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W. German Pershing Missiles Block Arms Pact, Hammer Says

September 06, 1987|TYLER MARSHALL | Times Staff Writer

BONN — American industrialist Armand Hammer, who has close personal contacts with the Soviet leaders, said Saturday that the fate of 72 West German missiles remains a major stumbling block to a superpower agreement on medium-range nuclear arms control.

"This is exactly what could torpedo the whole negotiations for an arms control contract and a summit (between President Reagan and Soviet leader Mikhail S. Gorbachev)," Hammer said of the missiles.

Both U.S. and West European arms control specialists believe that the 72 aging Pershing 1-A missiles owned by West Germany were effectively removed as a major barrier to an arms control agreement last month when Chancellor Helmut Kohl announced that his government would scrap them after U.S. and Soviet intermediate nuclear forces are dismantled.

After Kohl's statement, the United States--which controls the warheads on the Bonn-owned Pershing 1-As--said it would remove the warheads but has not yet committed itself to destroying them.

Speaking to reporters here, Hammer, 89, whose contacts with Soviet leaders go back to V.I. Lenin, said he believes that Moscow would refuse to sign an arms control agreement with the United States unless Kohl agrees to dismantle the West German missiles at the same time that U.S. and Soviet intermediate missiles are being removed--not afterward.

"It's an emotional issue, not a military one," Hammer said. "I explain it purely on emotional grounds."

The Pershing 1-As, deployed more than two decades ago, would be at the end of their serviceable life in the early 1990s in any event, barring a major overhaul.

Hammer said that he had a 30-minute telephone conversation Saturday with Anatoly F. Dobrynin, chief of the international department of the Soviet Communist Party Central Committee and former Soviet ambassador to Washington. He said Dobrynin told him, "That's exactly what the problem is," in reference to Kohl's Aug. 28 statement that the West German Pershings would go, but only after American and Soviet intermediate nuclear forces are gone.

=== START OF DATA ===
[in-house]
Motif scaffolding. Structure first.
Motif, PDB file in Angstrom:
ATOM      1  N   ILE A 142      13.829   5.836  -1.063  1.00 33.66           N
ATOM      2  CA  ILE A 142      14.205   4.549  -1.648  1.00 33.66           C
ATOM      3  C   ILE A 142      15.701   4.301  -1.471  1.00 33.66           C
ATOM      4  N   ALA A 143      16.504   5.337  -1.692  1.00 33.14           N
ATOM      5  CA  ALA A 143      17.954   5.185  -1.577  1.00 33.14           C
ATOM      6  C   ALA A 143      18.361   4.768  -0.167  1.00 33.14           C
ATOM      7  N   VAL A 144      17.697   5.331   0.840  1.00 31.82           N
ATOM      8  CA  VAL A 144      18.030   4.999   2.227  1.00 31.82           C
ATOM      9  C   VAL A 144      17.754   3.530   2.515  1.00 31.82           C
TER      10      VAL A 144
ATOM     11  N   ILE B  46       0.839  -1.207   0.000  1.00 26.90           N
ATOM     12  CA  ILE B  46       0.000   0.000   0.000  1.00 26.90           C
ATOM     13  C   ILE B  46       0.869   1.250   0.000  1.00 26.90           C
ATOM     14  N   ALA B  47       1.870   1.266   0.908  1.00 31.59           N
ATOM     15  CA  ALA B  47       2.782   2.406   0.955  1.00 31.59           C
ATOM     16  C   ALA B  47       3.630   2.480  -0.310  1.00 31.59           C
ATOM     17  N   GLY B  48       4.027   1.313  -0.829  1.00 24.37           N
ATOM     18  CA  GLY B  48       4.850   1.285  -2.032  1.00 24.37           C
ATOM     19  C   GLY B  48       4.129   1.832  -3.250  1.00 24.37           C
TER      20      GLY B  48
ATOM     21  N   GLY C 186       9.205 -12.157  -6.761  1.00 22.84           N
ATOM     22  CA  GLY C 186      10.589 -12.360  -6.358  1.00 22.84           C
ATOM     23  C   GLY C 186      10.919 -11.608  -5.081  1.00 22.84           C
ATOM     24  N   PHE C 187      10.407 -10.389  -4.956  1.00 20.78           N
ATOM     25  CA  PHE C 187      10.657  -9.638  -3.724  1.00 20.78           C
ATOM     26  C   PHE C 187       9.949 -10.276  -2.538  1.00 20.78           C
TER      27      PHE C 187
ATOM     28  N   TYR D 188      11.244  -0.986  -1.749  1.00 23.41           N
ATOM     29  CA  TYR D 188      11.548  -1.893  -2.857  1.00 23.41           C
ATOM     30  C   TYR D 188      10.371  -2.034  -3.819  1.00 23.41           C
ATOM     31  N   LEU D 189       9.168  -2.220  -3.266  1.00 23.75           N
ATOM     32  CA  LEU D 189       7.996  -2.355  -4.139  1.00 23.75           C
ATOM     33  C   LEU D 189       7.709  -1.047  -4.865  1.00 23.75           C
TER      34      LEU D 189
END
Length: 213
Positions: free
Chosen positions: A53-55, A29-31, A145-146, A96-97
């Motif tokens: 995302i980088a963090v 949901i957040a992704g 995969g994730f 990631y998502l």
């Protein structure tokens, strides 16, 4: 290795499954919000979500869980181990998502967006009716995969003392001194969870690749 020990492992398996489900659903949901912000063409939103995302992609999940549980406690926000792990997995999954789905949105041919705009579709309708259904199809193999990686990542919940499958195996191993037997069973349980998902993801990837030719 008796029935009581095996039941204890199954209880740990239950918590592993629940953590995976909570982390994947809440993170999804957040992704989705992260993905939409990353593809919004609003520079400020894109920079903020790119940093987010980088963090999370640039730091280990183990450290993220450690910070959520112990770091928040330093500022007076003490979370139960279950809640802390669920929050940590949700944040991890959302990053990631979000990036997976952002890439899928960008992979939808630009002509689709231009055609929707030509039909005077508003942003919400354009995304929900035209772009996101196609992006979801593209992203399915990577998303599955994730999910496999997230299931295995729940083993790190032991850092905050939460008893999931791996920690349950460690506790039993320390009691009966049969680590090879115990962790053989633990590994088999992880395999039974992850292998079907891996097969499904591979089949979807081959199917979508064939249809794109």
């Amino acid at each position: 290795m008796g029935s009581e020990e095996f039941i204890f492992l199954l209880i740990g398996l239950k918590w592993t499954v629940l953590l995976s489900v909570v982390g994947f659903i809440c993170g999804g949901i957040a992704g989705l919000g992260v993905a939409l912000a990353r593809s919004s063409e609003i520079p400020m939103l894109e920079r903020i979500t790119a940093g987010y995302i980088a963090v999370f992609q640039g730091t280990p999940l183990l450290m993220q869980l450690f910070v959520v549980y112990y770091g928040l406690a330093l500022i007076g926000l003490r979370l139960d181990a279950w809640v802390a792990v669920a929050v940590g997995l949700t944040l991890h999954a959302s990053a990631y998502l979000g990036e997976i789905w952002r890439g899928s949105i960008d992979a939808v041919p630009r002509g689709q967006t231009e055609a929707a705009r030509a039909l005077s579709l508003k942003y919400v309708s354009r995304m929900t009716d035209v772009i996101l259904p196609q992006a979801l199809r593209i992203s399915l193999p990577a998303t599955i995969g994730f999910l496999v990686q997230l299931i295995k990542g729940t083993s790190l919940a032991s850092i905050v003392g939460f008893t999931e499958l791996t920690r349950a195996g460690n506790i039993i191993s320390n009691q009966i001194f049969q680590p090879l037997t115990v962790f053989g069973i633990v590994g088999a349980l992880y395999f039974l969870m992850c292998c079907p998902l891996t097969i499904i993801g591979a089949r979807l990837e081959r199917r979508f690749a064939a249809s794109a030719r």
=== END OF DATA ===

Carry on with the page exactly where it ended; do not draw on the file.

Hammer also referred to comments by Alexander A. Bessmertnykh, a deputy foreign minister, as reflecting Moscow's concern about timing in the dismantling of the West German missiles.

Hammer said that in discussions with Kohl and West German Foreign Minister Hans-Dietrich Genscher, he had proposed that the West Germans agree to an earlier removal of the Pershing 1-As.

Unaware of Soviet Opposition

Arms control specialists in Washington have said that they were unaware of significant Soviet opposition to the proposed timing of the removal of the Pershing 1-As.

Differences remaining with Moscow over these missiles, they believe, centers on a Soviet demand that the U.S. commitment to withdraw the missiles' warheads be written into a superpower arms control treaty.

The United States has resisted the demand on grounds the intermediate nuclear forces treaty under negotiation deals with missiles and launchers, not with warheads, and also that it does not embrace missile systems that are part of cooperative agreements with third countries.

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